February 2003 Golf Management Europe


Heritage, which contains a new active ingredient to offer ‘unparalleled control of fusarium disease’, belongs top a new class of highly-effective, environmentally-sound fungicides developed from naturally-occurring chemicals found in saprophytic woodland fungi. In UK development trials, and in commercial use throughout the USA, Canada and Japan, the product has proved superior to other available treatments on every level. Heritage disrupts the mitochondrial respiration of target fungi and prevents the pathogen from transferring energy, leading to the death of the fungal cells.

It is then absorbed through the leaf blade, crown, root and stem, before moving throughout the plant, via the xylem vessels, to providing total protection. Advocate One advocate of the new product was head greenkeeper, Chris Kennedy of Wentworth. He said: “We were one of the first UK courses to try out Heritage during the development process and we agree wholeheartedly with the Scotts team Heritage is a superb fungicide. “We will certainly be using it as our primary protection against fusarium from now on.”

The Hayter Harrier 56 is a quick, yet precise, solution to your tee problems. The classic Hayter Harrier 56 roller rotary mower is capable of picking up tees and divots quickly and effortlessly. The split ribbed roller with a differential aids manoeuvrability around the tee, and gives the traditional striped finish. No tools are needed to adjust the height of cut, which can go as low as 13mm (1/2”) giving you total control over each tee. Built in front fins on the deck noticeably improve the cutting quality and collection ability and the large capacity grassbag is easy to remove and fit. The Harrier 56 can be used all year round and will minimise compaction of tees particularly during the winter months. So versatile, the Harrier 56 can be used in so many areas around the club, you’ll wonder how you managed without one.

Sorts divots, tees, cuts and stripes in one go Golf Management Europe February 2003

For more information, call 01279 723444, email or visit our website:

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February 2003 Golf Management Europe


Firm Focus

Executive Membership; The Future of Golf Club Membership n October 2002, the English Golf Union estimated that there were 40,000 spare membership places in golf clubs throughout the UK. Reasons were varied, but possibly the most significant cause being that in today’s busy society, many golfers simply don’t have the time to play enough golf to justify expenditure on the annual membership and entrance fees required to join a club. Executive Membership is an innovative scheme with an accompanying software package that allows golf clubs to offer potential and existing members a more flexible and low cost approach to membership without weakening the cashflow of the club. When a member joins a club, opting to purchase an Executive Membership, they buy a number of ‘units’ which gives them limited use of the course. For example, a round of golf on a Saturday morning may cost ten units, while during the week it may cost four units. Points are available in varying size bundles, with a sliding scale discount ensuring that the more a member purchases, the more points per pound they receive. Members have the option to buy additional units throughout the year if they want to play regularly. This entitles them to full playing privileges and a handicap at the club and offers greater value for money as unused units can be redeemed for guest play or carried over to the following membership year.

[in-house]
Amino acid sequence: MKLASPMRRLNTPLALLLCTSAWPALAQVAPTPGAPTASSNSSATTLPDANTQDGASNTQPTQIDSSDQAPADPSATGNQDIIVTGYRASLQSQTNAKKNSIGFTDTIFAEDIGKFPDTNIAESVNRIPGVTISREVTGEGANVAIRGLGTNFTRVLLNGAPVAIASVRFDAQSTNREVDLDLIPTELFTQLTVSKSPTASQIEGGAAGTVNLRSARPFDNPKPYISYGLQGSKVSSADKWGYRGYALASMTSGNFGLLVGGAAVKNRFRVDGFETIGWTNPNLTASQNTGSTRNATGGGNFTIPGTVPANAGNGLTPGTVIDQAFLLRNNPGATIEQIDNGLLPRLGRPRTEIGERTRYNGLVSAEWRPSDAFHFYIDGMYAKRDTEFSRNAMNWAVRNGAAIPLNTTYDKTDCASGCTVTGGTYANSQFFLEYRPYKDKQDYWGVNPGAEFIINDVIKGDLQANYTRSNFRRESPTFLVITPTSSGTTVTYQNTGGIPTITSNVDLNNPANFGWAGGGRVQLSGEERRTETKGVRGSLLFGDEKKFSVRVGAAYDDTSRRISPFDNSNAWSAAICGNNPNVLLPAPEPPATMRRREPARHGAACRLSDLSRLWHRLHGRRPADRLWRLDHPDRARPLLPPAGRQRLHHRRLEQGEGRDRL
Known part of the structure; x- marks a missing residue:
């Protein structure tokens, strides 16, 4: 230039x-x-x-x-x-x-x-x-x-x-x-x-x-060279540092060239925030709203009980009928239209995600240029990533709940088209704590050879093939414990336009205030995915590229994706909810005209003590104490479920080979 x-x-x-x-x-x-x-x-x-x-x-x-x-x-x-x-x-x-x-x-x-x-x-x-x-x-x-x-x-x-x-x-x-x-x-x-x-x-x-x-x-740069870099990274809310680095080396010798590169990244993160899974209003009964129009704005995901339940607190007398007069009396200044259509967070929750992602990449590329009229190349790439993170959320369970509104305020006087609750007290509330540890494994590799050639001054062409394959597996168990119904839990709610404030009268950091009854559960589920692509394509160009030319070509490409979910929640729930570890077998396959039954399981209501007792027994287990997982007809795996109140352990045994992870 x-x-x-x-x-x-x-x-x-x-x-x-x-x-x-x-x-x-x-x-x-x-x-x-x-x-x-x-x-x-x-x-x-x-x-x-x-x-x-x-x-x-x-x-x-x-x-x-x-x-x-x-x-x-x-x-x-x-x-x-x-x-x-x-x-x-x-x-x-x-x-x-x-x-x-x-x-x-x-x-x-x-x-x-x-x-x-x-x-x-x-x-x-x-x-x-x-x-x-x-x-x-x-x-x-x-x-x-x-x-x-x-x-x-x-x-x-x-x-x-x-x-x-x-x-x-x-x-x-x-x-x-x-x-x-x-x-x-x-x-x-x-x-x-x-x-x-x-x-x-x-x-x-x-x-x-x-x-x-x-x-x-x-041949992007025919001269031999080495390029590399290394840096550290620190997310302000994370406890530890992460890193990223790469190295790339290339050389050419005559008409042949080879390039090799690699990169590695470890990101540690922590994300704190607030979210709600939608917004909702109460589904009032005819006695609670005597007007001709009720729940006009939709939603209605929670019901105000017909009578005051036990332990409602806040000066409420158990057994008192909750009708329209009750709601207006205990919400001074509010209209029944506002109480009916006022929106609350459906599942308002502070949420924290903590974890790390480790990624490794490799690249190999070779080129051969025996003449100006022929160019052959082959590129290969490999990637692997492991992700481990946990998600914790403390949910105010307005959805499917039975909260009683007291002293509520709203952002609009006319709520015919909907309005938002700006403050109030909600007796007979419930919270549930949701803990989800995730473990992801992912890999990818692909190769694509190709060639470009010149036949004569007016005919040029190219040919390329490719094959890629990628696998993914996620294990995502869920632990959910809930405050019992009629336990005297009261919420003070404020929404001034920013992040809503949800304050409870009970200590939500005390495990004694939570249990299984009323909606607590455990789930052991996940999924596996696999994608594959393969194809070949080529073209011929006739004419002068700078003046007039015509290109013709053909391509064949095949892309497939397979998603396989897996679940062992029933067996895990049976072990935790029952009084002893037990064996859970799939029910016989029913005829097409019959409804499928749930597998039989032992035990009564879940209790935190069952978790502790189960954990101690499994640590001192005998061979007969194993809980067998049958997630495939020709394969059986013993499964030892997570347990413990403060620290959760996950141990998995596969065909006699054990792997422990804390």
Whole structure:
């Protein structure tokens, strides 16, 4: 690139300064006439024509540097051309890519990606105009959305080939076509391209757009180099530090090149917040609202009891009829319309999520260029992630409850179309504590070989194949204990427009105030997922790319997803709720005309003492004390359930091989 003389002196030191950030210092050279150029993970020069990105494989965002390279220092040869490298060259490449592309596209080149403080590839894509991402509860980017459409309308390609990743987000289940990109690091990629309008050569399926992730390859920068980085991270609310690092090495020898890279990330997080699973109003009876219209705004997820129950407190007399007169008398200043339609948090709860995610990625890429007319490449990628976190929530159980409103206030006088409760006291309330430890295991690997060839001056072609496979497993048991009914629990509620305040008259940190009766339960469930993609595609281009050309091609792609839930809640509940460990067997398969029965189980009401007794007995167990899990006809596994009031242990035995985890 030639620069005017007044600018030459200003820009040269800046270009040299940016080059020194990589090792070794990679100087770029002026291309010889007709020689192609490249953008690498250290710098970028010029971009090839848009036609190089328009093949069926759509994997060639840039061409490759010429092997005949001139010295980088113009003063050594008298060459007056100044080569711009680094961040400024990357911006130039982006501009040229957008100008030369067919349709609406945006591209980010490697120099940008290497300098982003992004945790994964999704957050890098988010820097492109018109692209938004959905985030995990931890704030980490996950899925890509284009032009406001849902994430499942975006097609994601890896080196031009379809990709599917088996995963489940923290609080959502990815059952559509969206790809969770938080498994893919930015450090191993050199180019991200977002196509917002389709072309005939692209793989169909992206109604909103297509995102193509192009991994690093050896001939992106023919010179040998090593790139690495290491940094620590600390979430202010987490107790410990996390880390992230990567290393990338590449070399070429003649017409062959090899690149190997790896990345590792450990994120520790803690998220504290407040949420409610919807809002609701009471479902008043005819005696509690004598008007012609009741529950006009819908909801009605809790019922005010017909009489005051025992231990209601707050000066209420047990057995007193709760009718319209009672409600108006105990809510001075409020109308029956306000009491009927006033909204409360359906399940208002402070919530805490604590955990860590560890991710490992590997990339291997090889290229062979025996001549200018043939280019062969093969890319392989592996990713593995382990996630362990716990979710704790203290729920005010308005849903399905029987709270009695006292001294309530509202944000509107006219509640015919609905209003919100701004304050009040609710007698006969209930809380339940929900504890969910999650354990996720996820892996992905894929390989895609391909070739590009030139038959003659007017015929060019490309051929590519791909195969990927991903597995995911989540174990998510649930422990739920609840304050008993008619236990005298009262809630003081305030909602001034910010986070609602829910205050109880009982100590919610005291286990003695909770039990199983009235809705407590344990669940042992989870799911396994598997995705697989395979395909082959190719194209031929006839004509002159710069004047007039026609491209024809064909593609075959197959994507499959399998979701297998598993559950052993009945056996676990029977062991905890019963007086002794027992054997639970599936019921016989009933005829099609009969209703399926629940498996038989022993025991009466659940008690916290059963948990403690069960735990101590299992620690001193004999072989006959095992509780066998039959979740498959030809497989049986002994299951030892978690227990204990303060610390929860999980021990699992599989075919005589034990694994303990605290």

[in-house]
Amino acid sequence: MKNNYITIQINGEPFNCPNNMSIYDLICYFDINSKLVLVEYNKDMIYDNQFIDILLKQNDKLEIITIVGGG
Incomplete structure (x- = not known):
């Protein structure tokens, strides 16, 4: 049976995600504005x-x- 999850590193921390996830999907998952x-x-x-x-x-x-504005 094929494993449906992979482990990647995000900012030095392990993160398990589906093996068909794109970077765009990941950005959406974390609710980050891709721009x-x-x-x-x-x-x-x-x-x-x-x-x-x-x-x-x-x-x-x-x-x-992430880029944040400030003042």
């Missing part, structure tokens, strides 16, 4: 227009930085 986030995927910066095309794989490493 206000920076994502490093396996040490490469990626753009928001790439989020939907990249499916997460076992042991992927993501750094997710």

The club retains financial control by setting the price per unit and the minimum number of units purchased per year, as well as the number of points redeemed per round of golf. The Executive Membership scheme removes the need for golfers to pay upfront annual subscriptions, only to end up playing a handful of rounds per year and subsequently questioning whether to stay a member of a club or to resign. Like any business, retaining customers costs less than gaining new ones, and this principle is at the heart of the scheme. With differing levels of affordability and different social pressures across the broad spread of members within any club, Executive Membership enables a club to spread its tee-time demand across the week. Peaks and troughs in demand are levelled-out as the more price sensitive members chose to play at times of day that afford them best value for money from their points balance. Members obtain greater value for money from their membership, prompting them to more easily justify their expenditure and retain their membership on a longer-term basis, regardless of how much or how little golf they play annually. Perhaps the days of having vacancies within a golf club’s membership can now be put behind us, with the Executive Membership scheme holding the key to full membership lists and long term custom.

Golf Management Europe February 2003

Executive Membership is managed by a software package which controls the purchase and redemption of members’ point balances. The scheme revolves around a membership card which all members use to check-in at the club prior to their round of golf. The software and the scheme are inclusive, and provide club management with powerful reports of course utilisation, points redemption patterns, financial performance and the like. Case Studies Hemsted Forest GC in Kent has been acting as a pioneer for the scheme with great success; it now boasts a membership of over 1,700 with capacity for a further 300 members Rye Hill GC is averaging 22 new members per month, and Golf de Ganay in France has been overwhelmed by the schemes success.

Cobalt Concepts Wimpole House, London Road, Sunningdale SL5 0DP Tel: 01344 870067 Fax: 01344 872312 Page 31